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RE: Air Canada 777 Uncontained Engine Failure?

Wed May 30, 2012 12:34 am

Quoting Tristarsteve (Reply 63):
If no other damage has occured, this will take 10 hrs or so, if the spare engine is on site.

When you fit a new engine, it needs a leak check. Takes about 20 mins.

Besides the spare engine, another engine dolly and a set of hoist or some other engine lifting tools.

If it's like most engine changes, have to take her out for a acceleration check, power assurance run too.
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lnglive1011yyz
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RE: Air Canada 777 Uncontained Engine Failure?

Wed May 30, 2012 1:18 am

Quoting HNLPointShoot (Reply 64):
I may be the only person on this site who cares about this, but Japanese voice actress Yuu Asakawa was on this flight, returning to Japan after attending the Anime North convention in Toronto. Her Twitter account has a few pictures of the fuel dump and emergency vehicles.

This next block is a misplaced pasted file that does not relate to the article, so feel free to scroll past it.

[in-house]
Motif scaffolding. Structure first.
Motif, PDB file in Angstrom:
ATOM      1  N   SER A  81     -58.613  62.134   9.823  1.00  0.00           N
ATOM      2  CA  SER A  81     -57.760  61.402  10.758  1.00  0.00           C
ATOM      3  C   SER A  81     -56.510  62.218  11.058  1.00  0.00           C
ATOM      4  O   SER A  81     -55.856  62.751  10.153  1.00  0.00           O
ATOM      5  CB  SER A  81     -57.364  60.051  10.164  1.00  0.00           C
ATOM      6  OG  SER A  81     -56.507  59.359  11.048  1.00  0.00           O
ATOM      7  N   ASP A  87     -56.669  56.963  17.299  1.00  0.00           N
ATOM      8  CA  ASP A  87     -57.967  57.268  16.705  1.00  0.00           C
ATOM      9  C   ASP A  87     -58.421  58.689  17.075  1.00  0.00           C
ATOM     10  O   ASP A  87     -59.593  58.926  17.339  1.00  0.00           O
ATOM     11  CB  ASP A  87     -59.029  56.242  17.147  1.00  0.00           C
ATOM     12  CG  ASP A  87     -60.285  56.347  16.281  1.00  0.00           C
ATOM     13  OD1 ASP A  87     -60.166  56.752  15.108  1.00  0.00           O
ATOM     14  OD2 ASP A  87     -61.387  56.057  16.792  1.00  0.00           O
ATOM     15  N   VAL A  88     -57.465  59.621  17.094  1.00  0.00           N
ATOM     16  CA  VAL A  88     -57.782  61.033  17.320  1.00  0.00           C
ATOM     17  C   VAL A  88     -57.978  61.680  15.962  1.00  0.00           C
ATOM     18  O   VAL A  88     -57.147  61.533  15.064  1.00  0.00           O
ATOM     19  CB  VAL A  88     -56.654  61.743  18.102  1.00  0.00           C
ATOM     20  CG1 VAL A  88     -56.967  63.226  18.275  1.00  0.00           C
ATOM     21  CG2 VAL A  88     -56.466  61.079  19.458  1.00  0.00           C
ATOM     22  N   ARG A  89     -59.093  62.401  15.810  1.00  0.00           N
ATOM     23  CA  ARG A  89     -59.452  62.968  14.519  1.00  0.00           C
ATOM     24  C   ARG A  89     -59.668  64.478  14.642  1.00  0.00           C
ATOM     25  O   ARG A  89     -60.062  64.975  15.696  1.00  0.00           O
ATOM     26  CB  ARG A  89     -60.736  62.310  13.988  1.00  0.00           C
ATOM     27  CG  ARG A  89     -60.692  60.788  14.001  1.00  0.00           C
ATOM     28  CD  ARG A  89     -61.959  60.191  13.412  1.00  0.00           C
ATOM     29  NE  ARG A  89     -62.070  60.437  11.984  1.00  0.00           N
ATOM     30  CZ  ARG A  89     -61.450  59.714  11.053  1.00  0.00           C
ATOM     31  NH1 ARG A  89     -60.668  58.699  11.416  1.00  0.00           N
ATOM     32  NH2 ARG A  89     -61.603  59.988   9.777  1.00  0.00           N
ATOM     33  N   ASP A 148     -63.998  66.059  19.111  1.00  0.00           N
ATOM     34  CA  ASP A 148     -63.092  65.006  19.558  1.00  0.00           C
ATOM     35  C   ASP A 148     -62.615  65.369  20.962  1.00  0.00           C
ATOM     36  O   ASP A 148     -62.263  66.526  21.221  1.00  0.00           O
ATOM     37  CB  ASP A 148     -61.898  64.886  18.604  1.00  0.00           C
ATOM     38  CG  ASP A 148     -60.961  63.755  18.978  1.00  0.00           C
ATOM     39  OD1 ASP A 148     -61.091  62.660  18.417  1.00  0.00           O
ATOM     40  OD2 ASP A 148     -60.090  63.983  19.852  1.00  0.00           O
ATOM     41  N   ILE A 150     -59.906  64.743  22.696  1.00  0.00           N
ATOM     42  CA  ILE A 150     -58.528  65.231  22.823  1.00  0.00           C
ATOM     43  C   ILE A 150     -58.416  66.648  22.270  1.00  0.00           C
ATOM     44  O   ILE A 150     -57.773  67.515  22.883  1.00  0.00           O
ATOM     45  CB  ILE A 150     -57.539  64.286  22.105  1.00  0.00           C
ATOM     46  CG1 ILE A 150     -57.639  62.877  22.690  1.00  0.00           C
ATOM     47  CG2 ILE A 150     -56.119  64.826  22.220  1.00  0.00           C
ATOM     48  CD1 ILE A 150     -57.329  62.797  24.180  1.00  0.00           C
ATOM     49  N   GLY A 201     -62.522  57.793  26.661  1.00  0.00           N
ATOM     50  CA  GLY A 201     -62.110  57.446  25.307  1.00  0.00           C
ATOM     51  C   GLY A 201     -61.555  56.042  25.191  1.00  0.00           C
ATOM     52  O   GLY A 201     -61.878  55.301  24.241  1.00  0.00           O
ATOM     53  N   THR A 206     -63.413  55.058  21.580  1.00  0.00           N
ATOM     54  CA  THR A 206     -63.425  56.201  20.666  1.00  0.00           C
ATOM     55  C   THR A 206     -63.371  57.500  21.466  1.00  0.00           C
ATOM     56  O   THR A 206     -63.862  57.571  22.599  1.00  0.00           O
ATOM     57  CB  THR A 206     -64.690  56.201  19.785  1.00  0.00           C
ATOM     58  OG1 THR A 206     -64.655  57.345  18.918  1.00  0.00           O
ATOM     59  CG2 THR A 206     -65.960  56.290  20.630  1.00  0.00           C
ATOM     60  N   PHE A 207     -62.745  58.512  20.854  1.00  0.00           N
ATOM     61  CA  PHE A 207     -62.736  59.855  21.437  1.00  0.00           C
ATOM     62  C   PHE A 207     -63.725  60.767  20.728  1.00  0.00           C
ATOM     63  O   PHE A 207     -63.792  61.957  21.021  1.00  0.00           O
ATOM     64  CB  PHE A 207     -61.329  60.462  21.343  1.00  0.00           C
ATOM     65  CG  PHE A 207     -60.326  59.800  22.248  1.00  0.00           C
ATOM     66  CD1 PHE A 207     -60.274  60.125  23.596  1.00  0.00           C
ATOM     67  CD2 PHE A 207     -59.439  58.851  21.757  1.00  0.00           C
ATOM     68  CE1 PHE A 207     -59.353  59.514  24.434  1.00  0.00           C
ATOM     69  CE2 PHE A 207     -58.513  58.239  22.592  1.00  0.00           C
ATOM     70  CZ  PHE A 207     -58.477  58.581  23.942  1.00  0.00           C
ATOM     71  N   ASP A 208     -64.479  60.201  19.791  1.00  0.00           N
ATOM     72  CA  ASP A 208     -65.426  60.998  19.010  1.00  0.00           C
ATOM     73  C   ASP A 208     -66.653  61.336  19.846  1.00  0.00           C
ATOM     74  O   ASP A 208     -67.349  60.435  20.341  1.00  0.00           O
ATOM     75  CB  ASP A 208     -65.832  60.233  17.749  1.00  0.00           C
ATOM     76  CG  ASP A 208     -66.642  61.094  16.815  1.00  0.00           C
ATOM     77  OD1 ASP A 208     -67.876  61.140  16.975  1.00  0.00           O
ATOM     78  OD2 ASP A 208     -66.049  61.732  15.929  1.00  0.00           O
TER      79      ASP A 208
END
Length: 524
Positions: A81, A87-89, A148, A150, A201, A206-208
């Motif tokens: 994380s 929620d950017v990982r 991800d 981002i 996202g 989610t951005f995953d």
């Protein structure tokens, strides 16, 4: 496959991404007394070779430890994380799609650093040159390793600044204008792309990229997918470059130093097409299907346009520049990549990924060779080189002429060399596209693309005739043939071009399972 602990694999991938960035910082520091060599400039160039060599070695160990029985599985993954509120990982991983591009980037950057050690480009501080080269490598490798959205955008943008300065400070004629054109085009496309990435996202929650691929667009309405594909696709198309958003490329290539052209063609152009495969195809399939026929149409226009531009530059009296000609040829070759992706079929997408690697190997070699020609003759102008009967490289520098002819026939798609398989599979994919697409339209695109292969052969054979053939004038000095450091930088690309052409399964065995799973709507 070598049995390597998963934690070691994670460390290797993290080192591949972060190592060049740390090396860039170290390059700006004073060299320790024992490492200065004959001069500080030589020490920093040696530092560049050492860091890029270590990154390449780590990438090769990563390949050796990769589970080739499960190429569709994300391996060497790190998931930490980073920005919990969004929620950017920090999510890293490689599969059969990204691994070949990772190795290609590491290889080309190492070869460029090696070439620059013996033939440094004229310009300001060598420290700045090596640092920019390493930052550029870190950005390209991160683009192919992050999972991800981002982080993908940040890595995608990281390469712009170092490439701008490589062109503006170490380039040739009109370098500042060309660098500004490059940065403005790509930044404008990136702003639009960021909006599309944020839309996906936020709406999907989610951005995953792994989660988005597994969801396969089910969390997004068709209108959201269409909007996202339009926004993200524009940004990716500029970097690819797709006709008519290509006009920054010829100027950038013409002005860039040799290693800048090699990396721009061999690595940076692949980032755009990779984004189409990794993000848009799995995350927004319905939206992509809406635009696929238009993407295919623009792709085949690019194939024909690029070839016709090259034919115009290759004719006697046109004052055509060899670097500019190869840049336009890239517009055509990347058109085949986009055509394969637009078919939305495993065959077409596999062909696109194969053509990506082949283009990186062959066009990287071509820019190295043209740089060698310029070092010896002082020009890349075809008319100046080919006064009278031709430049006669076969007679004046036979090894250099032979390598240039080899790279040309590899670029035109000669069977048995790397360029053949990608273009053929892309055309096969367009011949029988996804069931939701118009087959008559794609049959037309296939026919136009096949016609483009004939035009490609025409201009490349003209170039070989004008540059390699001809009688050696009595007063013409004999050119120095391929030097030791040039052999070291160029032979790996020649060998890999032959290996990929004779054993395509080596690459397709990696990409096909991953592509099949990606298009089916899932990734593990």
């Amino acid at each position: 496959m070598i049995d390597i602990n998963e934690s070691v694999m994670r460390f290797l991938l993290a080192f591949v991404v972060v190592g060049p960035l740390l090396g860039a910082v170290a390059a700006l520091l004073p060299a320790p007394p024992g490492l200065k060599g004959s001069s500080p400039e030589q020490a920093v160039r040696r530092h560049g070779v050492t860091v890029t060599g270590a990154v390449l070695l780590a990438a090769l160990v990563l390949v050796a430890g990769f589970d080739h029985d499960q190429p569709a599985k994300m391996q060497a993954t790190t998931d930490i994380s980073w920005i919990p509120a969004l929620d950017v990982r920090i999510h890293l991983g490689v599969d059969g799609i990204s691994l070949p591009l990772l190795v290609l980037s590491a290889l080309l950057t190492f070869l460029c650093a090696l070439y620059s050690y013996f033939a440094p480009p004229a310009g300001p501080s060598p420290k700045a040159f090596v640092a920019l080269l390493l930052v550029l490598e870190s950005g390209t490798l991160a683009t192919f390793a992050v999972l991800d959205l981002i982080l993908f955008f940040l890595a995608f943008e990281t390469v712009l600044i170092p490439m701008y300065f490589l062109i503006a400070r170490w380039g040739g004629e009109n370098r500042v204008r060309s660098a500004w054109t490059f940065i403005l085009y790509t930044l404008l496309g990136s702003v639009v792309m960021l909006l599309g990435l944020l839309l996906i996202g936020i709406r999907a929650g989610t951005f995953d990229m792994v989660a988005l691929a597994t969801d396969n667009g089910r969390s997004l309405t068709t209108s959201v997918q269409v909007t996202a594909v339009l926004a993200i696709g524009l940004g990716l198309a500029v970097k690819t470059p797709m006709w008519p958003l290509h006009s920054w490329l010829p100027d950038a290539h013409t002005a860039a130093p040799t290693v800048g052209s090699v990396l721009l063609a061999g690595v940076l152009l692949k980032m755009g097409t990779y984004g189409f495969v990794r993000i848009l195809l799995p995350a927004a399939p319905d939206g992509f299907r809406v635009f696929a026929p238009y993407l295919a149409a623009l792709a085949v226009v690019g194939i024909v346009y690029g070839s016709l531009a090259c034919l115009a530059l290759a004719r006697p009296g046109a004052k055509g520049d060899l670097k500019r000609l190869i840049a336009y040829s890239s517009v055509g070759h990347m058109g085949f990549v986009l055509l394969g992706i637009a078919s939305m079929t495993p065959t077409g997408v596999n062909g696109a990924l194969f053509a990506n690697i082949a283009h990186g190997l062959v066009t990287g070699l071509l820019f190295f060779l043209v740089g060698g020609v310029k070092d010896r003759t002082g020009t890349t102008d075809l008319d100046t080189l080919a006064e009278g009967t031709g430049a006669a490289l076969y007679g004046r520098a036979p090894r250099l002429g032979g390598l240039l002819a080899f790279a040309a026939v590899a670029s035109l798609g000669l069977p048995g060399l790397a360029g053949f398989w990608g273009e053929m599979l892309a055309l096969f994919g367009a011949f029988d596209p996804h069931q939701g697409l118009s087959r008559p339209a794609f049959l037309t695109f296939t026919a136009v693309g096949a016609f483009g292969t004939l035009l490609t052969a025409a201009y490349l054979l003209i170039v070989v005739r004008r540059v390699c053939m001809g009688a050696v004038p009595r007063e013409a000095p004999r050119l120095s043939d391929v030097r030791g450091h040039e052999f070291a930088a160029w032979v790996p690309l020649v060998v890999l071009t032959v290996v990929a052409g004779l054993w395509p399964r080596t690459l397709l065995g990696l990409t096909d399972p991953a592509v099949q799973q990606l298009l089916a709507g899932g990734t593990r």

When you talk about a failure like this, and add it up with all the other 'crap' going on at AC right now, and combine it with the comment I found on Yuu Asakawa's twitter account (below), this goes to show you why people view *some* airlines as complete failures in customer service....

From her twitter:

Yuu Asakawa ‏@Julia320

But in spite of the trouble,some female staff members at the service Counter of Air Canada are so obnoxious and rude. Speechless.

---------------------------

Hence why more and more of my friends and family continue to shuffle across the border to fly on JetBlue, or fly on WestJet.

A failure of an airline to achieve the desired results of delivering on their promise to get you from A to B on X day AND their subsequent handling of the aftermath are a direct measure of the health of an airline, and.. really, can be applied to any business.

I'm glad that the plane made it back safely, no one was hurt, but these large airlines need to really get their act together on how they treat the people AFTER a 'failure to deliver' occurs.

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DocLightning
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RE: Air Canada 777 Uncontained Engine Failure?